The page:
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Professor Graham Rees OBE (1944-2009; at QM 1998-2009)


Graham Rees was a historian of science, a scholar of early modern bibliography (both of manuscript and the printed book), and – above all – an editor and interpreter of the works of Francis Bacon (1561–1626).  In all of these fields he was internationally renowned, as was recognised widely during his lifetime (not least by the OBE for services to scholarship which he was awarded in the year of his death).  His work continues to set a benchmark for those who follow in his footsteps.  The lasting monument to Rees’s learning and wisdom is the Oxford Francis Bacon edition (1996– ), of which eight of a projected 15 volumes have been published to date – four of them edited by Rees himself.  These books distil his thinking about the great early modern polymath whose work became Rees’ own life’s work; in terms both of their textual scholarship and their interpretative insights they have established standards which other editions of early modern writers aspire to emulate.  From his earliest work, Rees appreciated, and argued for, the need to attend to both the immaterial and the material nature of the texts of the past; that is, to understand what they were arguing and to understand how they were produced and disseminated.  His research on the former gave rise to quite new interpretations of Bacon’s thought, which showed that far from being exclusively, or even primarily, a scientific theorist, Bacon was a serious scientific thinker with a quite remarkable cosmology and theory of matter.  His work on the latter produced discoveries of previously unknown Bacon manuscripts and underpinned the monumental project of editing all of Bacon’s works for a new generation – replacing the standard but in many ways unreliable nineteenth-century edition by James Spedding.  As Rees investigated, in painstaking detail, the processes by which Bacon’s writing moved from composition to print, he became fascinated by the operations of one printing house in particular: that of the King’s Printer, which produced a range of prestigious works in the early seventeenth century.  The Arts and Humanities Research Council funded a project on the King’s Printers led by Rees and his wife and long-term scholarly collaborator, Dr Maria Wakely, and the fruits of their research were published shortly after Rees’s death (Publishing, Politics, and Culture).  One of the common themes of the many tributes to Rees was that in an academic field often characterised by dryness, he combined profound knowledge and dedication to accuracy with warmth, generosity, and wit – qualities to be found in the mass of learned, illuminating, but also at times genuinely funny commentaries to his volumes of the Oxford Francis Bacon.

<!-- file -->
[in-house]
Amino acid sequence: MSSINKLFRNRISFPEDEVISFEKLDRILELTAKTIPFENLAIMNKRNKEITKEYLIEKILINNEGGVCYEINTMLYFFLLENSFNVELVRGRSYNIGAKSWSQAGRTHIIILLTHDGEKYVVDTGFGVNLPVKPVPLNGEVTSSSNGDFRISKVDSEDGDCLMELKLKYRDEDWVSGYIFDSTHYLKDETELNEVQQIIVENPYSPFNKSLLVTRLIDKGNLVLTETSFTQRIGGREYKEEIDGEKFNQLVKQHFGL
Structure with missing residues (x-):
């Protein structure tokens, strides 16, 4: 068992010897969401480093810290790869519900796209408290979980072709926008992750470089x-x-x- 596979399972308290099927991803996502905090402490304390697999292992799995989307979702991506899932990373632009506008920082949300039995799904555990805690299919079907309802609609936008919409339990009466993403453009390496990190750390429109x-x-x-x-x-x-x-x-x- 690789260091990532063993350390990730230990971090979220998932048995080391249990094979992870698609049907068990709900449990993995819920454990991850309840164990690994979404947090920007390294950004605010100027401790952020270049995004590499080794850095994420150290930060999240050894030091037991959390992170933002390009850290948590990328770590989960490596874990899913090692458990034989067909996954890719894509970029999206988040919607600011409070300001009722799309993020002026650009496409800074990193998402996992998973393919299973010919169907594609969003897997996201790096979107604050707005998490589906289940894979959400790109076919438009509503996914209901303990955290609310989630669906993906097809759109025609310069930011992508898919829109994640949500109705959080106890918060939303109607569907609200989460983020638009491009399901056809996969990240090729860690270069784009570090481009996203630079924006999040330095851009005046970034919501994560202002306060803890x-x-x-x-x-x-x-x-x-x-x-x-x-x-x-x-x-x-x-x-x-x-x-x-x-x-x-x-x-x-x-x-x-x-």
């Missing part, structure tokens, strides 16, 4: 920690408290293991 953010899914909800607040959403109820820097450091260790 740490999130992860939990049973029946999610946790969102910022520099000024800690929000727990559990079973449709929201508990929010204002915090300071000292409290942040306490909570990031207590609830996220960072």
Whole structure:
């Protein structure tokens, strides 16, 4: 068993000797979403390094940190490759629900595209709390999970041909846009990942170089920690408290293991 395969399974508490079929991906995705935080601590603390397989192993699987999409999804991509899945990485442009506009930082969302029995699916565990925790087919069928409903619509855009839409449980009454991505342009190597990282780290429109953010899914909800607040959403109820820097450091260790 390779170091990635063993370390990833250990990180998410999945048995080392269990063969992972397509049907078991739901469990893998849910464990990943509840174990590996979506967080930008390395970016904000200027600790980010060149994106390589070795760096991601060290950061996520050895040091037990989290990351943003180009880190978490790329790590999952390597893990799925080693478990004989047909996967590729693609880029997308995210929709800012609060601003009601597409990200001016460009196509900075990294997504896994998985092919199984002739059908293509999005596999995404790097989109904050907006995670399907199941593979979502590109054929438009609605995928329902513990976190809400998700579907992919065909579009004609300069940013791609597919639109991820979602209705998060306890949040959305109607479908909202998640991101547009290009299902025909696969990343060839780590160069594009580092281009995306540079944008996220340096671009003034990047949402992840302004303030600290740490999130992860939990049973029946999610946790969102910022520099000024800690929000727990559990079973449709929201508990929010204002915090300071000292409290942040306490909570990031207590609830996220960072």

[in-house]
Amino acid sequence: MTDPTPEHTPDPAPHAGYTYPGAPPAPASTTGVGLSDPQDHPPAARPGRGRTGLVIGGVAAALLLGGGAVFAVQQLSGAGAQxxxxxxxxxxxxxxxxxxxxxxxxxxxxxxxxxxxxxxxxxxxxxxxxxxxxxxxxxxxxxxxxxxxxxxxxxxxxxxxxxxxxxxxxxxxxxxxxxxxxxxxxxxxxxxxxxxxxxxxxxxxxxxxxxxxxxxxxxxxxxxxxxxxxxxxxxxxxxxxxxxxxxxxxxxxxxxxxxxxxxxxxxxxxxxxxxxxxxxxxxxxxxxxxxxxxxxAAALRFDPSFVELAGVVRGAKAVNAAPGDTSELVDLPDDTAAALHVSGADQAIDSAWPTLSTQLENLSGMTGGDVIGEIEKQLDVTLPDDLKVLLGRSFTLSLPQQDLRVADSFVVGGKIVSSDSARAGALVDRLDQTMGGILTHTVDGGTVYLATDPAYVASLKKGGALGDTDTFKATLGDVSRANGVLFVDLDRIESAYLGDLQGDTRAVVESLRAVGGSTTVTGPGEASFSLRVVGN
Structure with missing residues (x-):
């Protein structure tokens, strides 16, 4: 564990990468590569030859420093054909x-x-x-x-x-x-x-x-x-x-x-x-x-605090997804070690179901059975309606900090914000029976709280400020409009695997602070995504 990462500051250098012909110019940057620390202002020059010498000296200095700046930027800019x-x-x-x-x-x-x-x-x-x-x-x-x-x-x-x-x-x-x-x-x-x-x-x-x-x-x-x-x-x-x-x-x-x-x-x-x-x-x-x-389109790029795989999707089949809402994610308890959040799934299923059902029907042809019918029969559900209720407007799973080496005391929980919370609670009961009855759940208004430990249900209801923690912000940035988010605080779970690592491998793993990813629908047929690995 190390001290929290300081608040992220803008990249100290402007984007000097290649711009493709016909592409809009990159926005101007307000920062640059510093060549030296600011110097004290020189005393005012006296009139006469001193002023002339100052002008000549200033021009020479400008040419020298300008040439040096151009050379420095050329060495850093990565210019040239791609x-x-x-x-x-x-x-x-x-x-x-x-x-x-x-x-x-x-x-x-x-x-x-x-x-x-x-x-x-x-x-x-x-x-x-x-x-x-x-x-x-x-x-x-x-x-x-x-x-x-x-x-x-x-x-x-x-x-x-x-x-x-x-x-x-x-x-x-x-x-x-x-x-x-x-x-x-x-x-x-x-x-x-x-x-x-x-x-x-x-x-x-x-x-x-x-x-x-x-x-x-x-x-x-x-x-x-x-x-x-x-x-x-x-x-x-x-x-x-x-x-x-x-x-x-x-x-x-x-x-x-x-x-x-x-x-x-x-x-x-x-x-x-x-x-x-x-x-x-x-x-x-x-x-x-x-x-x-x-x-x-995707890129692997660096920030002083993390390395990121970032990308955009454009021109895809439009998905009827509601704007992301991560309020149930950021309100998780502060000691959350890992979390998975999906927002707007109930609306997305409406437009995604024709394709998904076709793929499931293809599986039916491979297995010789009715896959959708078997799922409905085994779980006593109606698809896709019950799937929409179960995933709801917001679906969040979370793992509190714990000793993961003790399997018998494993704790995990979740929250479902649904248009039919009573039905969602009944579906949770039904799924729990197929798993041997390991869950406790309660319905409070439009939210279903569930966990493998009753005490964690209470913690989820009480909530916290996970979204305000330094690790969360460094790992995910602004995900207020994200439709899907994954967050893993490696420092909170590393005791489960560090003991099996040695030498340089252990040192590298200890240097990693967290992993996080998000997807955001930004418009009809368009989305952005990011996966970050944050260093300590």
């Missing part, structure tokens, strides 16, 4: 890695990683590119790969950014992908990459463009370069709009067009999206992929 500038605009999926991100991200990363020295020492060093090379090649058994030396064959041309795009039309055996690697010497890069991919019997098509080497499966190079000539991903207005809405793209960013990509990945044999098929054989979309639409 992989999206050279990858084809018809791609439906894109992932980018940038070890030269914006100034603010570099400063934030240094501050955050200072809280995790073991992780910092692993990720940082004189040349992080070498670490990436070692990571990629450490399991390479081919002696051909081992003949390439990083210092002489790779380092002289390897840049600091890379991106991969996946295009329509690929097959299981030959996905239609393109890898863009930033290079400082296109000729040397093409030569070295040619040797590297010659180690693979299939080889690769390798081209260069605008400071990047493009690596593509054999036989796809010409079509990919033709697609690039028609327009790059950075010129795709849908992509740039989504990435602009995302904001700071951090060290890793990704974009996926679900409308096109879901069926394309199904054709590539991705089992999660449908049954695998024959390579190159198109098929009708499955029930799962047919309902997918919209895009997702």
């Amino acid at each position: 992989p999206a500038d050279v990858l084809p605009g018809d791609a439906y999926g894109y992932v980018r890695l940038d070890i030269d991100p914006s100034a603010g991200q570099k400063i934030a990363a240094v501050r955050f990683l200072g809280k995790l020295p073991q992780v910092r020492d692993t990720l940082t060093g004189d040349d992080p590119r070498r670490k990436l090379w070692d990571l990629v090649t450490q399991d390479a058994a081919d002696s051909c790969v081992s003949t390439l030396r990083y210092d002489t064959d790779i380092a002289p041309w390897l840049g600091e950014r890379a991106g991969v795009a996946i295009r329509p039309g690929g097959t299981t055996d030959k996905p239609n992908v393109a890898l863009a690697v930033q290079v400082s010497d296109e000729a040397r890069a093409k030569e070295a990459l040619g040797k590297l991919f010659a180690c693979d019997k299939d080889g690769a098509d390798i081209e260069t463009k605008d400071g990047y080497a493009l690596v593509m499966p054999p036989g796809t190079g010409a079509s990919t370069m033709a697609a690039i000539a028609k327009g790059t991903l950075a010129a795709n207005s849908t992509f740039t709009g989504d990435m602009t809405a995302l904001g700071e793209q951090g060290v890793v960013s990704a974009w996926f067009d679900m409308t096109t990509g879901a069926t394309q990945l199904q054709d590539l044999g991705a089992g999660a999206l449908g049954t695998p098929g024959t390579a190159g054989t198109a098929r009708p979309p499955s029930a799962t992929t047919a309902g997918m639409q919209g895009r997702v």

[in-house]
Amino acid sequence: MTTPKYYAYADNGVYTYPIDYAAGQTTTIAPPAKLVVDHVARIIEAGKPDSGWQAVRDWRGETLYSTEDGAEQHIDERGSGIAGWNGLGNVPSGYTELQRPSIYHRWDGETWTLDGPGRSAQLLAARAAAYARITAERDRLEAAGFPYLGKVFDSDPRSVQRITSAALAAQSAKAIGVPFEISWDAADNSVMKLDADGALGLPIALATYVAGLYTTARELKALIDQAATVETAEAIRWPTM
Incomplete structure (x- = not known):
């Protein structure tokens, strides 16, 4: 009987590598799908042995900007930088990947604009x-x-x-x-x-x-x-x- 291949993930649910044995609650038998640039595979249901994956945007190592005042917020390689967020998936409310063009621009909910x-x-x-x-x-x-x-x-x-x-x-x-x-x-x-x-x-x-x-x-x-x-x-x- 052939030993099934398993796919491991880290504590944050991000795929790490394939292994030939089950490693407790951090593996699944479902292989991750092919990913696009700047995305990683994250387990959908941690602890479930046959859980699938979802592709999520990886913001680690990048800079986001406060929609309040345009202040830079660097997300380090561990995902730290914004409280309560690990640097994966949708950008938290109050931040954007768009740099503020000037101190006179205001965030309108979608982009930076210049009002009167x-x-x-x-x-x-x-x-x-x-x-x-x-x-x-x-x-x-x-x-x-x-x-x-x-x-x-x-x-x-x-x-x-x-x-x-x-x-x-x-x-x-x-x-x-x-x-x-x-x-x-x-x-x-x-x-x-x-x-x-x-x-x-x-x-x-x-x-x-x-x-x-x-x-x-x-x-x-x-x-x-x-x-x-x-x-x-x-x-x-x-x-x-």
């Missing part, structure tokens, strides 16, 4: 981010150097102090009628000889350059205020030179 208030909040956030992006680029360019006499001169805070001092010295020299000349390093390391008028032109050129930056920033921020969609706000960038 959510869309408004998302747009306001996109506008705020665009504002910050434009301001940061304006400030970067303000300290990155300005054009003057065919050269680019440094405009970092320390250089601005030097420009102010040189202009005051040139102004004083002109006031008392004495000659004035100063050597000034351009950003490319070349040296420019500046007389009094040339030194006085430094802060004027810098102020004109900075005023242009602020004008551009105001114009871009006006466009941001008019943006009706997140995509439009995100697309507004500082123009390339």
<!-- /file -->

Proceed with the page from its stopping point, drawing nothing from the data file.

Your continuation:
Graham Rees was educated at St Alban’s School and the University of Birmingham.  After working for some years at Wolverhampton Polytechnic, he was appointed in 1998 to a Chair in the Department of English at Queen Mary.  In 2005 he was elected Fellow of the British Academy.  He taught undergraduate and postgraduate modules in the Department, as well as supervising PhD students.  The Graham Rees Prize, for the highest mark in a final-year dissertation, was established in 2010, following his untimely death in July 2009.

Select Publications

(with Christopher Upton), Francis Bacon’s Natural Philosophy: A New Source.  A transcription of manuscript Hardwick 72A with translation and commentary (Chalfont St Giles, 1984)

(ed.), Francis Bacon, Philosophical Studies c. 1611–c. 1619 (Oxford, 1996) [The Oxford Francis Bacon, vol. VI]

(ed.), Francis Bacon, The Instauratio magna: Last Writings (Oxford, 2000) [The Oxford Francis Bacon, vol. XIII]

(ed., with Maria Wakely), Francis Bacon, The Instauratio magna Part II: Novum organum and Associated Texts (Oxford, 2004) [The Oxford Francis Bacon, vol. XI]

(ed., with Maria Wakely), Francis Bacon, The Instauratio magna Part III: Historia naturalis et experimentalis: Historia ventorum and Historia vitæ & mortis (Oxford, 2007) [The Oxford Francis Bacon, vol. XII]

(with Maria Wakely), Publishing, Politics, & Culture: The King’s Printers in the Reign of James I and VI (Oxford, 2009)

‘Francis Bacon’s semi-Paracelsian Cosmology and the Great Instauration’, Ambix 24 (1975), 81-101

‘Francis Bacon’s semi-Paracelsian Cosmology and the Great Instauration’, Ambix 24 (1975), 161-73

‘The Fate of Bacon’s Cosmology in the Seventeenth Century’, Ambix 24 (1977), 27-38

‘Matter Theory: a Unifying Factor in Bacon’s Natural Philosophy?’, Ambix 24 (1977), 110-25

‘Francis Bacon on Verticity and the Bowels of the Earth’, Ambix 26 (1979), 202-11

‘Atomism and “Subtlety” in Francis Bacon’s Philosophy’, Annals of Science 37 (1980), 549-71

‘An Unpublished Manuscript by Francis Bacon: Sylva Sylvarum Drafts and other Working Notes’, Annals of Science 38 (1981), 377-412

‘Bacon’s Philosophy: Some New Sources with Special Reference to the Abecedarium novum naturæ’, in Marta Fattori (ed.), Francis Bacon, terminologia e fortuna nel XVII secolo (Rome, 1984), 223-44

‘Francis Bacon’s Biological Ideas: a New Manuscript Source’, in Brian Vickers (ed.), Occult and Scientific Mentalities in the Renaissance (Cambridge, 1984), 297-314

‘The Transmission of Bacon Texts: Some Unanswered Questions’, in William A. Sessions (ed.), Francis Bacon’s Legacy of Texts: The Art of Discovery Grows with Discovery (New York, 1990), 311-23

‘Bacon’s speculative philosophy’, in Markku Peltonen (ed.), The Cambridge Companion to Bacon (Cambridge, 1996)

‘Reflections on the Reputation of Francis Bacon's Philosophy’, Huntington Library Quarterly 65:3/4 (2002), 379-394

(with Maria Wakely), ‘Folios Fit for a King: James I, John Bill, and the King's Printers, 1616–1620’, Huntington Library Quarterly 68:3 (2005), 467-495

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